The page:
"He could make you laugh in seconds and at the same time make you cry. He enjoyed life at the fullest."
Before following in his older brother Zeeshan's footsteps, he had worked in a variety of jobs, including in a bank.
When she last spoke to him he had been urging his mother to undertake the Muslim pilgrimage to Mecca, the Hajj, and offering to pay for it.
"I was worried as a sister when he went to Afghanistan - you do worry, but he was doing his job," she said.
"Joining the Army was something he always wanted to do. Zeeshan was in the Army and from playing soldiers as little boys, it was their childhood dream. He loved every minute of it."
Alan Clarke and John Reeves are both Canal Zoners, a group for veterans who from the Suez Canal Zone. They remember the time leading up to the Suez Crisis as one of mounting tensions between the British Army and Egyptian antagonists.
The Suez Zone was a notorious posting for British soldiers after the Second World War and Mr Clarke remembers it as "hot, smelly, dirty and disease-ridden".
Mr Reeves said: "The enemy were using guerilla tactics to force us out, including snipers, roadside bombs and kidnapping. Sometimes it was a truly terrible place."
Vidah Pearce, 76, was living with her family in Moseley, Birmingham, when the Second World War broke out in 1939.
After a bombing raid on their house, Mrs Pearce's parents took the decision to evacuate her and her sister from Birmingham to Shropshire.
Tragically, she was orphaned less than a year later, when her mother and father were killed in a bombing raid which hit a cinema in Sparkbrook.
Mrs Pearce has vivid memories of the night-time attacks at the beginning of the war. She said: "The siren would go and we'd all pile into the cellar of our house, which doubled as an air shelter during the war."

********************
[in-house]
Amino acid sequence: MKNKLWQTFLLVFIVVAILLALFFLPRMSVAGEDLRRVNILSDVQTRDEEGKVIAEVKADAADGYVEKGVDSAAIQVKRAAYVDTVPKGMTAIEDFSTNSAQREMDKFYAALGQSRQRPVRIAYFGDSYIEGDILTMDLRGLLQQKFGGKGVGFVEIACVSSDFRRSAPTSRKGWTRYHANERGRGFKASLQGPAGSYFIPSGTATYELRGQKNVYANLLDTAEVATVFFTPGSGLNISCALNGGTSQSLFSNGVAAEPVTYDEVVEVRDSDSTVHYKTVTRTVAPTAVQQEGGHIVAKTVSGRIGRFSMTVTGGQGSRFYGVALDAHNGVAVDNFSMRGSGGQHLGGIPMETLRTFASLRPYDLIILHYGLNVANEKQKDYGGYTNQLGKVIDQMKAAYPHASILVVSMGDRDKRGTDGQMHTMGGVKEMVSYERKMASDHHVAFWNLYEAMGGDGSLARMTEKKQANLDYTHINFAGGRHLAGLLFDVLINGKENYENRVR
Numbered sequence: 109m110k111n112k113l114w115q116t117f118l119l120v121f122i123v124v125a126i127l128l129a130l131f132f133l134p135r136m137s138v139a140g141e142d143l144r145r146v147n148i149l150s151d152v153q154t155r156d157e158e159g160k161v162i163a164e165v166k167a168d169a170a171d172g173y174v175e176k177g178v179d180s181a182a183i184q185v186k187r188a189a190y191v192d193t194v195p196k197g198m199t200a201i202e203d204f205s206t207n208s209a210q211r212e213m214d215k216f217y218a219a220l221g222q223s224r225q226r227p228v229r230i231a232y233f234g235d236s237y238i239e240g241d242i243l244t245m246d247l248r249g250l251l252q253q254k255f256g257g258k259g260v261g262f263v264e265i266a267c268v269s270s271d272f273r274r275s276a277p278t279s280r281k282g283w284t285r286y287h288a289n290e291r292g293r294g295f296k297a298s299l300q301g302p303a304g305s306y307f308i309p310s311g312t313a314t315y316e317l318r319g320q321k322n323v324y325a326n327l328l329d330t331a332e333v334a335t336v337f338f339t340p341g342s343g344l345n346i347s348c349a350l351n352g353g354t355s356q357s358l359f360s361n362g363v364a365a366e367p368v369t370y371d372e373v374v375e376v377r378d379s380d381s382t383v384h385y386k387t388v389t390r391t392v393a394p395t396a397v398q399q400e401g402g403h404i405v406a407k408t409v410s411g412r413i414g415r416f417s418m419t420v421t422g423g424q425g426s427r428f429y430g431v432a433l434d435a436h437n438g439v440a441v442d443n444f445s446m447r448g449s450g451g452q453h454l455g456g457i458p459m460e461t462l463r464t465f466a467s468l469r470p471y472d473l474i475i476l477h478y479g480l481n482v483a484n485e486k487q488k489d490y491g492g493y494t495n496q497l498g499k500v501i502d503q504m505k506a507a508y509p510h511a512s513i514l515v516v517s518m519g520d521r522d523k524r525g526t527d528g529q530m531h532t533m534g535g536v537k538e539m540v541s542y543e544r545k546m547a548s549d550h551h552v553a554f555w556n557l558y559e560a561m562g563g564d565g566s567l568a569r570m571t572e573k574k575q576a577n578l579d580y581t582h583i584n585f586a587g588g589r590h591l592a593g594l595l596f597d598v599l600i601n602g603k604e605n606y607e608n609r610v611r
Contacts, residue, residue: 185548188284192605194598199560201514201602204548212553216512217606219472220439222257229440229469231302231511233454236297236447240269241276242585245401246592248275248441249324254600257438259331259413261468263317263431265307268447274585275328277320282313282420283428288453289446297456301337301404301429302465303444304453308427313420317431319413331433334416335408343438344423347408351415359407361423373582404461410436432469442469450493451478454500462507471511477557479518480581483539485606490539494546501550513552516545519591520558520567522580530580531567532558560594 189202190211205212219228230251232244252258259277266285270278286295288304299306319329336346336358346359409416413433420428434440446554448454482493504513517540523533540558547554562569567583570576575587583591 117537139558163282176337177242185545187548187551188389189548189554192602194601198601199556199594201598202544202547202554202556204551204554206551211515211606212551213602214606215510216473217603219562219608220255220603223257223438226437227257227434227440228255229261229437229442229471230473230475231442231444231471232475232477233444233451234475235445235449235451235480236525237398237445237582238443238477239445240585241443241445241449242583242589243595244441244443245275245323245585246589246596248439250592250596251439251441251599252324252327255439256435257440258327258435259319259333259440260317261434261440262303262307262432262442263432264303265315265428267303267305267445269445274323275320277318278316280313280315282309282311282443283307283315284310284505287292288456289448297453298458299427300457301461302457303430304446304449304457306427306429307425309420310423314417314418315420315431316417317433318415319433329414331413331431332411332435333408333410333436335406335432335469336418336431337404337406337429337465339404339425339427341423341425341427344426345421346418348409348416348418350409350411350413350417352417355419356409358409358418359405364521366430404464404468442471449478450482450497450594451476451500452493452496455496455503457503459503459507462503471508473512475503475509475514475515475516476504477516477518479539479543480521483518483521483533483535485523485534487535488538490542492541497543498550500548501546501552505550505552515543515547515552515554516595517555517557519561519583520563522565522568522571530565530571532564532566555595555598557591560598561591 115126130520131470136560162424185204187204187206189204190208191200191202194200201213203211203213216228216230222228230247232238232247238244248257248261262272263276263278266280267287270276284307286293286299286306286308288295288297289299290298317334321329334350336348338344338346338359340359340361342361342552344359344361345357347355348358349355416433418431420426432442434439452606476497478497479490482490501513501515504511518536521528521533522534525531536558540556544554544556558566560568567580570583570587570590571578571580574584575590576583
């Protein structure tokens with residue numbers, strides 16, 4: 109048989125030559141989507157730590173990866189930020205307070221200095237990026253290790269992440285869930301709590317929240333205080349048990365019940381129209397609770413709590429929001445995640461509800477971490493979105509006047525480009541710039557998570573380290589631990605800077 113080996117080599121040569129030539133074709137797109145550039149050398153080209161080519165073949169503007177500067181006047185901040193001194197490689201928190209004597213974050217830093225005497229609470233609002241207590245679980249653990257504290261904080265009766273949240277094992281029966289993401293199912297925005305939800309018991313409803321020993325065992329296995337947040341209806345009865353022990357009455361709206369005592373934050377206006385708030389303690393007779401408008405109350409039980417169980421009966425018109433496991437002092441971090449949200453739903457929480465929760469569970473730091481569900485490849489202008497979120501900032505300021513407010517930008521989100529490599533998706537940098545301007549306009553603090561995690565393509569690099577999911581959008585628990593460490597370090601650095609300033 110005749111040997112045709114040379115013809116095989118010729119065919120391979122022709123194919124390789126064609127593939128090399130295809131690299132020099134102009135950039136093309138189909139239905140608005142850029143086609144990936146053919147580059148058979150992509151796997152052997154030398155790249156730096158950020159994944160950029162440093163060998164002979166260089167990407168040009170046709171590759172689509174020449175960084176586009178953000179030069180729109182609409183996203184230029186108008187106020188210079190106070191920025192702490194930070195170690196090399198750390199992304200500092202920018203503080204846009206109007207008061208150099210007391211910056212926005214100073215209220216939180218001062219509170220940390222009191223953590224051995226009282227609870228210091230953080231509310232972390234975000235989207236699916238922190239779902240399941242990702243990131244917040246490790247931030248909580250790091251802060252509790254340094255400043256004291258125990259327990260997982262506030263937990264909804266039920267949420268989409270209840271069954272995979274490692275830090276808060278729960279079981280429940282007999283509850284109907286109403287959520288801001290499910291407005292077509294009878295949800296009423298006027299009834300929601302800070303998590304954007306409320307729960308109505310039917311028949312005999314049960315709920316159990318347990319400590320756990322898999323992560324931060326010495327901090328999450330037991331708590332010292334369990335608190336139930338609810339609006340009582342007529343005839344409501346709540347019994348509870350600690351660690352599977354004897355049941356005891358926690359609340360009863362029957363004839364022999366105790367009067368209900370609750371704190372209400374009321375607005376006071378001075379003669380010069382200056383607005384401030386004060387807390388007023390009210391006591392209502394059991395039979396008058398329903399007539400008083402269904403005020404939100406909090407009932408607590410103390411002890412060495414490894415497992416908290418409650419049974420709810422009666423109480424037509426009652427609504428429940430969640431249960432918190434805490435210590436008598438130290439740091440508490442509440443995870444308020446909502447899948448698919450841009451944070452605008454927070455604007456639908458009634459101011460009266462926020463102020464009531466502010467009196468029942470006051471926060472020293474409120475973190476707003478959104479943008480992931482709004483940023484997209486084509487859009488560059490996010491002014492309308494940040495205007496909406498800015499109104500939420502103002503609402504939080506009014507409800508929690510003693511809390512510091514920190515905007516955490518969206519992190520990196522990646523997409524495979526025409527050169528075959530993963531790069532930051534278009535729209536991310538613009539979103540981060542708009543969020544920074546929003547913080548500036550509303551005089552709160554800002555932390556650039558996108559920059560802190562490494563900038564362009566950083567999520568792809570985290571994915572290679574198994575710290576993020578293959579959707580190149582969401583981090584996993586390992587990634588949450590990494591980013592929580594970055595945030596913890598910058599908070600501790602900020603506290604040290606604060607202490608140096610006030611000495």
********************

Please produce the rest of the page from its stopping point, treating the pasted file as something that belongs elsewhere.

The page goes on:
"One night, we were down in the cellar and heard a horrible din that sounded like a car crash. When we came out, we saw that two incendiaries had been dropped on our garden. My parents were terrified."
Thursday June 28, 12pm to 5pm - Victoria Square activities and exhibitions 12pm to 2pm - Lunchtime 'swing' concert in Chamberlain Square.
2pm to 5pm - BBC big screen in Chamberlain Square showing veterans visiting Birmingham schools.
Friday June 29, 12pm to 5pm - Victoria Square activities and exhibitions
2pm to 5pm - 7pm until 9.30pm - Falklands 25 "The Experience" conference in the Veterans Grand Marquee in Centenary Square. Free tickets can be collected by ringing 0121 303 3008.
Saturday June 30, 12pm to 5pm - Victoria Square activities and exhibitions 12pm to 2pm - Lunchtime concert in Chamberlain Square. Duo Ten Days Later to perform.
8pm to 1am - Veterans Gala Dinner at the ICC. Tickets are #20 per person or #175 for a table of 10. This includes a four course meal, and a swing band. 10.45pm - Veterans fireworks display at Centenary Square.
Sunday July 1, 12pm to 5.30pm - City of Birmingham Pipe Band Championships 2007 in Centenary Square. 4.30pm - Parade along Broad Street.